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James Dawson By James Dawson Principal I
Using Azure CLI Authentication within Local Containers

If you do Azure development and use containers, then you may rue the day that v2.33 of the Azure CLI was released!

When testing your work in a local container you'll often need to authenticate with Azure resources, a Key Vault or Storage Account for example.

Using Azure CLI Credentials in Docker

Previously, you could take advantage of how the Azure CLI stored your access token in a JSON file within your user profile area (i.e. c:/users/<your-username>/.azure). You could login to the Azure CLI as normal and then run your container with a host volume mount (aka bind mount) - whereby you mount your .azure folder inside the container so that it appears in the equivalent location for the user running the containerised process (e.g. /root/.azure).

But why do we even care about the Azure CLI, I thought we were talking about testing our own code in a container?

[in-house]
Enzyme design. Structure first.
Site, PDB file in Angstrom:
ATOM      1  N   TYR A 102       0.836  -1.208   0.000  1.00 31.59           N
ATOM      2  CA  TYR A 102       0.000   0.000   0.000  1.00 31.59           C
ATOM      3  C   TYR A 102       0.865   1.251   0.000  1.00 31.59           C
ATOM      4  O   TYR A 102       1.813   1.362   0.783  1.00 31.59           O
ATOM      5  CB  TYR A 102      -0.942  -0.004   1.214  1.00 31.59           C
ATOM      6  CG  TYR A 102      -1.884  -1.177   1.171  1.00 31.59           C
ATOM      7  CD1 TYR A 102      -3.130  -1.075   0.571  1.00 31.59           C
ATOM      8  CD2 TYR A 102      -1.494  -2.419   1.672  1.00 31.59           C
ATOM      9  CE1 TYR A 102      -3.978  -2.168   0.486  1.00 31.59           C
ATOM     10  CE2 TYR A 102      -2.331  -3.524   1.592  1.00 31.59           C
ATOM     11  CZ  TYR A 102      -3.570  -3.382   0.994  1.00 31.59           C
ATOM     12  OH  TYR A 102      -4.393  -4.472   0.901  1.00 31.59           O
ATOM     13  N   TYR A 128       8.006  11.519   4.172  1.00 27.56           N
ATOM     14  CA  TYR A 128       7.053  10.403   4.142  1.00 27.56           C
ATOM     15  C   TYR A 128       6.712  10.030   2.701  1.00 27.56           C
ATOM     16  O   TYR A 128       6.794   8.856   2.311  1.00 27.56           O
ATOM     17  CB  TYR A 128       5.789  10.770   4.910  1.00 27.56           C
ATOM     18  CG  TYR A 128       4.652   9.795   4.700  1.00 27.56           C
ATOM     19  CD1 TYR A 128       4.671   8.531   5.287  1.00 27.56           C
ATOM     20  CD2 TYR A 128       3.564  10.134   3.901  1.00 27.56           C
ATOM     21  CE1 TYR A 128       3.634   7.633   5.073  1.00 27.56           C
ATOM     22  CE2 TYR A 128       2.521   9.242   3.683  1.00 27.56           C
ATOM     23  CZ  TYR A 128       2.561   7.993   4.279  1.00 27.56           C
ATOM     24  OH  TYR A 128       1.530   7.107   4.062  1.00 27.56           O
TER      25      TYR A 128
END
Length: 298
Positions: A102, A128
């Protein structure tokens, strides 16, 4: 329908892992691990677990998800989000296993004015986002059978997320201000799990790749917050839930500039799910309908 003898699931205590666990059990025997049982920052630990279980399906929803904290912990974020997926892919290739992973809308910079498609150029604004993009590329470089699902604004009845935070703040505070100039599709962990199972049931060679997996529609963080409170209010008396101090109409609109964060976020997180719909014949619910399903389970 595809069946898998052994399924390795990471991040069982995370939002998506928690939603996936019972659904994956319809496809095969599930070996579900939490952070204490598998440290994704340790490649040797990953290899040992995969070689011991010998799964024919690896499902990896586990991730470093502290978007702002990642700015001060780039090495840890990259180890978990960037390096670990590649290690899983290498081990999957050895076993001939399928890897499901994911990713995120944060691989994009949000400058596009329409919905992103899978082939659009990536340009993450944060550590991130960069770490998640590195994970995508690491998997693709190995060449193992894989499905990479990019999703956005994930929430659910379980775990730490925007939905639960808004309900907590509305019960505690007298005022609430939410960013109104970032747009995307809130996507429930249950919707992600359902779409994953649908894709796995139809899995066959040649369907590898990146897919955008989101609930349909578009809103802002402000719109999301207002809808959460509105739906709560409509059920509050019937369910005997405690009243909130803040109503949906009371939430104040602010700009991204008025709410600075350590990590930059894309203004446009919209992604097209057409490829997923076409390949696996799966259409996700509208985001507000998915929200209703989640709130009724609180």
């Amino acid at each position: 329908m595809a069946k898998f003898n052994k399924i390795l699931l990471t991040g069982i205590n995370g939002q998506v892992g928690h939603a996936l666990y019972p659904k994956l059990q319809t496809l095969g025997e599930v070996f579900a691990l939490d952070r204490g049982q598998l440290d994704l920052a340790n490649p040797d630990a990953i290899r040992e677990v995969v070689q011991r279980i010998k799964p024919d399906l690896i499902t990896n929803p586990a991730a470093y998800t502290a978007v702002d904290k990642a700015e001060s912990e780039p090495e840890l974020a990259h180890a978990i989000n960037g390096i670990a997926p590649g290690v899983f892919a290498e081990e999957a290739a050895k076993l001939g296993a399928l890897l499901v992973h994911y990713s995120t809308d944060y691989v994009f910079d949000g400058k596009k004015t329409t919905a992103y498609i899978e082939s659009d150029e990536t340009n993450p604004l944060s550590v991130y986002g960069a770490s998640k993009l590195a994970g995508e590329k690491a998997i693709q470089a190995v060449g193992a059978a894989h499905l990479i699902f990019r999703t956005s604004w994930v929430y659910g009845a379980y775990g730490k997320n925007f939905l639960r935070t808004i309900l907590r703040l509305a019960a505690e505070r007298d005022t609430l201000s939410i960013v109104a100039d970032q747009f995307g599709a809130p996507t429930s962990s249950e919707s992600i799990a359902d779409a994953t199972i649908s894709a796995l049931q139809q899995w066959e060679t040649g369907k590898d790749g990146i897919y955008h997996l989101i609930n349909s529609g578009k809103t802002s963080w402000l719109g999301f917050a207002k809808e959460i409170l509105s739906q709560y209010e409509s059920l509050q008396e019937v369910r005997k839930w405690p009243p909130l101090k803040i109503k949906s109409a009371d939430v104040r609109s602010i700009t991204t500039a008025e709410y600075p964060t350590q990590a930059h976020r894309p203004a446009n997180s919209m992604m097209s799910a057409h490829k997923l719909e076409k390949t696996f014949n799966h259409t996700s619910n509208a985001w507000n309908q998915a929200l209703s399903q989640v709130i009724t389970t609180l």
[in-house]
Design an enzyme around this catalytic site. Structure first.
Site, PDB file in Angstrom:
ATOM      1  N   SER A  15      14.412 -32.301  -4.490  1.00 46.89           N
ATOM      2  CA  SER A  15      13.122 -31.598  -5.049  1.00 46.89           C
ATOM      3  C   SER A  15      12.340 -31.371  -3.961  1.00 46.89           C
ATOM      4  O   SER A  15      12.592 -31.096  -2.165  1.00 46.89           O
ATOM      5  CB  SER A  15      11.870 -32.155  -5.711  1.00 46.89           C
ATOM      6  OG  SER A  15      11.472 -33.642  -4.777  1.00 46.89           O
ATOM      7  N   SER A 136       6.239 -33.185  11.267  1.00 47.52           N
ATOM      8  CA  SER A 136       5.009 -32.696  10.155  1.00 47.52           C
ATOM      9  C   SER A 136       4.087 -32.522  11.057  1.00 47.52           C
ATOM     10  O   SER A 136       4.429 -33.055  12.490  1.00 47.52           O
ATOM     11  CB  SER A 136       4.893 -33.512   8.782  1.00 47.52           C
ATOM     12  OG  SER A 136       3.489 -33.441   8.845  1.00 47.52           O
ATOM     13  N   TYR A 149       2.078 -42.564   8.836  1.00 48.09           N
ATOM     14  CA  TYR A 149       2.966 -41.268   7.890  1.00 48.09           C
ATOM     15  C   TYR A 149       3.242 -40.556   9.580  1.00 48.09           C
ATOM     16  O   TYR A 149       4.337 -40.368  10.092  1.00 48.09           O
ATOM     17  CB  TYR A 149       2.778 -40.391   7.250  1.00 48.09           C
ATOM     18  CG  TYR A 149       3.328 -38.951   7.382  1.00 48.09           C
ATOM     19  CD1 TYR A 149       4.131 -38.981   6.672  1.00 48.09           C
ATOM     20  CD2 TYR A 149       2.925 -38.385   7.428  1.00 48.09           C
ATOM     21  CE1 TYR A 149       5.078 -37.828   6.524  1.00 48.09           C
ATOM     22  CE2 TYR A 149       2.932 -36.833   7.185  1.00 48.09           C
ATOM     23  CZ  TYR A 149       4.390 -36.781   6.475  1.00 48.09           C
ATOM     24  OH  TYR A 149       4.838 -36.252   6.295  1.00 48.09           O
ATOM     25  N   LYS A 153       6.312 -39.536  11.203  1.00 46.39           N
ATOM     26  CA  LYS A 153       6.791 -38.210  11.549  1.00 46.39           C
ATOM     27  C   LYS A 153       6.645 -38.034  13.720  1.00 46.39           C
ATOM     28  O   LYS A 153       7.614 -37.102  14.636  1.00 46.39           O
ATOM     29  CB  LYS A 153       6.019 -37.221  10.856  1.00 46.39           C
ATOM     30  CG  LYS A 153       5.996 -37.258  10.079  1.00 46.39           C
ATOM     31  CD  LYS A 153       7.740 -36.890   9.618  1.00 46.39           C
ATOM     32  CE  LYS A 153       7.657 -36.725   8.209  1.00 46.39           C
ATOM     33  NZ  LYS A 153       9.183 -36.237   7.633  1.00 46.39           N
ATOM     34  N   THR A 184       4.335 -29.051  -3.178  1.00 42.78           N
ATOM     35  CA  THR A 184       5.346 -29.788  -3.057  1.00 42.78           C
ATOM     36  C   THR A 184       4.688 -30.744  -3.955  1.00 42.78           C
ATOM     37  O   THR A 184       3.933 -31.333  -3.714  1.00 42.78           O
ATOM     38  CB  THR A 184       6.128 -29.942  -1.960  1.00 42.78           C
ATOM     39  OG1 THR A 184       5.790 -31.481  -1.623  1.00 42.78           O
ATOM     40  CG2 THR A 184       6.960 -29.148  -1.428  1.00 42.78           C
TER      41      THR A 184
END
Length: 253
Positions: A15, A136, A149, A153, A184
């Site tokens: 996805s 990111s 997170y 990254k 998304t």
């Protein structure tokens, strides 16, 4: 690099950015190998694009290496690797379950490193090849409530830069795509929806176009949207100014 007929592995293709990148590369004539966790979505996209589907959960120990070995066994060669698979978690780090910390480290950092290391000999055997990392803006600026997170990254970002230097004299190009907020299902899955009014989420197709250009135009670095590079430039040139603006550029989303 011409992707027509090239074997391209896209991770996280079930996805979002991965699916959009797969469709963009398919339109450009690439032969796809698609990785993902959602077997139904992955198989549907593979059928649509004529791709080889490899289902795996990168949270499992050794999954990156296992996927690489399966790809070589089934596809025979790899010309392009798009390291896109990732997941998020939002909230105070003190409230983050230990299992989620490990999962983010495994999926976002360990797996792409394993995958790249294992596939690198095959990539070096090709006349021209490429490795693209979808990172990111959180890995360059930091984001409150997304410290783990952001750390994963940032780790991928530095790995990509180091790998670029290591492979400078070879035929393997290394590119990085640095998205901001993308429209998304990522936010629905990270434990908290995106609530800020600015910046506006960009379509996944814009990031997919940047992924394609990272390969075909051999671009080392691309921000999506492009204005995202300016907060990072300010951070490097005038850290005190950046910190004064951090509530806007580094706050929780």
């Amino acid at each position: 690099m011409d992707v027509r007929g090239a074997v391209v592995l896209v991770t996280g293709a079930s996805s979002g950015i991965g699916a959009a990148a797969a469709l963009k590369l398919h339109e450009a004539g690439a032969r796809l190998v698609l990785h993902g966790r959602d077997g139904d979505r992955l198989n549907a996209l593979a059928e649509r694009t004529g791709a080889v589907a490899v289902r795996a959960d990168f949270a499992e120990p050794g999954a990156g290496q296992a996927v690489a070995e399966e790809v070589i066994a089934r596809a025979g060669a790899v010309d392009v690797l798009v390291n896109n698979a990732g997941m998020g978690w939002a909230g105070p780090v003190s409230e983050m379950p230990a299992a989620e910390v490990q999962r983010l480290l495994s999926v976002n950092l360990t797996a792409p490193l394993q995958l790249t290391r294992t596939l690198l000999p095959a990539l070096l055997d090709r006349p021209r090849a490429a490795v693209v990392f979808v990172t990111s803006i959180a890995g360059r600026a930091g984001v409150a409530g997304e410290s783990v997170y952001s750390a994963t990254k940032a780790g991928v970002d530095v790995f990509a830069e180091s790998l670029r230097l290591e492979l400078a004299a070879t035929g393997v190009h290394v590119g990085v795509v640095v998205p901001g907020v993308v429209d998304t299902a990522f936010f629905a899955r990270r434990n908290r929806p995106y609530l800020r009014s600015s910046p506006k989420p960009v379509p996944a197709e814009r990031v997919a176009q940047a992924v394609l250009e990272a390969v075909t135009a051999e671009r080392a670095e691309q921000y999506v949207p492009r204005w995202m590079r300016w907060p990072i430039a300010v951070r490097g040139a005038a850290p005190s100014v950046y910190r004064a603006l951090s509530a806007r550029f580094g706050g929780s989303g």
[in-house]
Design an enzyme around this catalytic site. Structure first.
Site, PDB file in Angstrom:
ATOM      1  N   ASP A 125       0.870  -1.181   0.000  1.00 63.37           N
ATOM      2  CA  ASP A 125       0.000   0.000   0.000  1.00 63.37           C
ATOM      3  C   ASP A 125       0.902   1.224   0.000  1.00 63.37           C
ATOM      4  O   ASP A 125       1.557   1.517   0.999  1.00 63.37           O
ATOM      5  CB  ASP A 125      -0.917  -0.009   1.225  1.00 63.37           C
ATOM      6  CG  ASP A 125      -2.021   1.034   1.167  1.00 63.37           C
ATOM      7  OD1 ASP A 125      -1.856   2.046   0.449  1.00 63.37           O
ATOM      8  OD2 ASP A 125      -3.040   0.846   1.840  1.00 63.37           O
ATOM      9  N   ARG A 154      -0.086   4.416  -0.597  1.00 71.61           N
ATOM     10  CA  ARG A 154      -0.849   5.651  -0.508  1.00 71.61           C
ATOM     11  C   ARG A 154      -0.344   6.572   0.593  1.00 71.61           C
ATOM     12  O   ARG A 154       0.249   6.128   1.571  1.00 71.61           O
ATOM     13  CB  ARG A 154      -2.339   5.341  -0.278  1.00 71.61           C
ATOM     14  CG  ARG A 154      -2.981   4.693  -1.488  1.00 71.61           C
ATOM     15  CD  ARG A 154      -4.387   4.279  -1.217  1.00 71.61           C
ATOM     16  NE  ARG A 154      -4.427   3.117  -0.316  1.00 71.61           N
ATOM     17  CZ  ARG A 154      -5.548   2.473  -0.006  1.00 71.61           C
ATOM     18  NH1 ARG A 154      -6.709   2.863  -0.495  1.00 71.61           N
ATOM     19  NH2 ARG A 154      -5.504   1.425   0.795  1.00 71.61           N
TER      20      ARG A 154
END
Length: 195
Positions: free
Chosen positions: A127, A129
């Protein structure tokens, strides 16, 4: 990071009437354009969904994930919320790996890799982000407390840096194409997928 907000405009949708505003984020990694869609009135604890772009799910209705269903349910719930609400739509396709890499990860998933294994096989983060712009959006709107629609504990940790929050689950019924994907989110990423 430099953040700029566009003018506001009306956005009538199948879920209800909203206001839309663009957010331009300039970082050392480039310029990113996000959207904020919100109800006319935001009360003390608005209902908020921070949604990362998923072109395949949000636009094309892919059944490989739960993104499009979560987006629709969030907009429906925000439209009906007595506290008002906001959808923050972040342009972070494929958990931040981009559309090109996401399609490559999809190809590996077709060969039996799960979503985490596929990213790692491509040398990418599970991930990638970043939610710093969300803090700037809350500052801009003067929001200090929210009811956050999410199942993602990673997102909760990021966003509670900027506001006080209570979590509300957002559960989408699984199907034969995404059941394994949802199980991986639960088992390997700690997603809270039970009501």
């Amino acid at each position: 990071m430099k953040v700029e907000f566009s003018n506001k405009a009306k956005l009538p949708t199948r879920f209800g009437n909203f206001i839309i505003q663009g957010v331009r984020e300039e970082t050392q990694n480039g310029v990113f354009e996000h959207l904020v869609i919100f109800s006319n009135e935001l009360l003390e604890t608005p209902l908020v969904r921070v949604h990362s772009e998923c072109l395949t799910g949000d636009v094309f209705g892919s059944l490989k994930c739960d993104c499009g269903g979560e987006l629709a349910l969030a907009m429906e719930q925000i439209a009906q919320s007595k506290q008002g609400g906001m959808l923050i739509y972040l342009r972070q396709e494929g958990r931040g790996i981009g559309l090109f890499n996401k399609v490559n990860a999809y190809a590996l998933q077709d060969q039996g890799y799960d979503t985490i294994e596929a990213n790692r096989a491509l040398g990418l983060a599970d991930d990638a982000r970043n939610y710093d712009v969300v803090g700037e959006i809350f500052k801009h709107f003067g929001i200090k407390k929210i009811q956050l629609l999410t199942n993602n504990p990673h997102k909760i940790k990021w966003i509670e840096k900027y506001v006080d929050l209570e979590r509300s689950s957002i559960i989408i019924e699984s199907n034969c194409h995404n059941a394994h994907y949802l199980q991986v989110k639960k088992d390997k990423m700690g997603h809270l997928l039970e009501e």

Some brief context: The Azure SDK includes the DefaultAzureCredential class which provides a mechanism for our code to transparently attempt a series of authentication methods, from using credentials stored in environment variables through to using a managed identity (if available). One such method is to use Azure CLI credentials, when available.

The volume mount mentioned above makes the Azure CLI credentials on your local machine available to your app running inside the container. The result of which is that the app can seamlessly authenticate to Azure without having to handle explicit credentials inside the container. This gives us a low-friction dev inner loop that is a real boon for developer productivity. (NOTE: This does require your app's container image to include the Azure CLI.)

Azure CLI Creds broken in Docker on Windows

You knew it was coming, things can never remain this easy! Since v2.33 of the Azure CLI, on Windows, the JSON file that stores your access token has been replaced with an encrypted file. The rub here is that the Mac and Linux versions of the Azure CLI still use the old file.